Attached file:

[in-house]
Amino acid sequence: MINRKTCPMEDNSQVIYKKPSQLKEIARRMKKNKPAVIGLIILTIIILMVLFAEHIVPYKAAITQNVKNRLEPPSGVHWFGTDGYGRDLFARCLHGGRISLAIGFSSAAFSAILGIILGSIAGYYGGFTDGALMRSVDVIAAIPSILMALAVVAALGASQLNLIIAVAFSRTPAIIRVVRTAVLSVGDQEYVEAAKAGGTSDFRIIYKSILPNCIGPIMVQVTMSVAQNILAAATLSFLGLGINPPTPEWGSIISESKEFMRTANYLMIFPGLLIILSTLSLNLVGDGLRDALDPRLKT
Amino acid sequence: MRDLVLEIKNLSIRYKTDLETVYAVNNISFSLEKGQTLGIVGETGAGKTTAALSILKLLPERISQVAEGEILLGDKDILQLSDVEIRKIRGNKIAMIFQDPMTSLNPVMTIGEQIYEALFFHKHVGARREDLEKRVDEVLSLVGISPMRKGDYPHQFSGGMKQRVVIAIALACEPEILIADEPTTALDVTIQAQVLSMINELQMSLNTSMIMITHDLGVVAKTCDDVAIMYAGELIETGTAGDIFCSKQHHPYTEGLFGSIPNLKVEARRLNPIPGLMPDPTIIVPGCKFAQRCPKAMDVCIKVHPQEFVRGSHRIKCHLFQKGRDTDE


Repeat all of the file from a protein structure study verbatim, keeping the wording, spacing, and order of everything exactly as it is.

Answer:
[in-house]
Amino acid sequence: MINRKTCPMEDNSQVIYKKPSQLKEIARRMKKNKPAVIGLIILTIIILMVLFAEHIVPYKAAITQNVKNRLEPPSGVHWFGTDGYGRDLFARCLHGGRISLAIGFSSAAFSAILGIILGSIAGYYGGFTDGALMRSVDVIAAIPSILMALAVVAALGASQLNLIIAVAFSRTPAIIRVVRTAVLSVGDQEYVEAAKAGGTSDFRIIYKSILPNCIGPIMVQVTMSVAQNILAAATLSFLGLGINPPTPEWGSIISESKEFMRTANYLMIFPGLLIILSTLSLNLVGDGLRDALDPRLKT
Amino acid sequence: MRDLVLEIKNLSIRYKTDLETVYAVNNISFSLEKGQTLGIVGETGAGKTTAALSILKLLPERISQVAEGEILLGDKDILQLSDVEIRKIRGNKIAMIFQDPMTSLNPVMTIGEQIYEALFFHKHVGARREDLEKRVDEVLSLVGISPMRKGDYPHQFSGGMKQRVVIAIALACEPEILIADEPTTALDVTIQAQVLSMINELQMSLNTSMIMITHDLGVVAKTCDDVAIMYAGELIETGTAGDIFCSKQHHPYTEGLFGSIPNLKVEARRLNPIPGLMPDPTIIVPGCKFAQRCPKAMDVCIKVHPQEFVRGSHRIKCHLFQKGRDTDE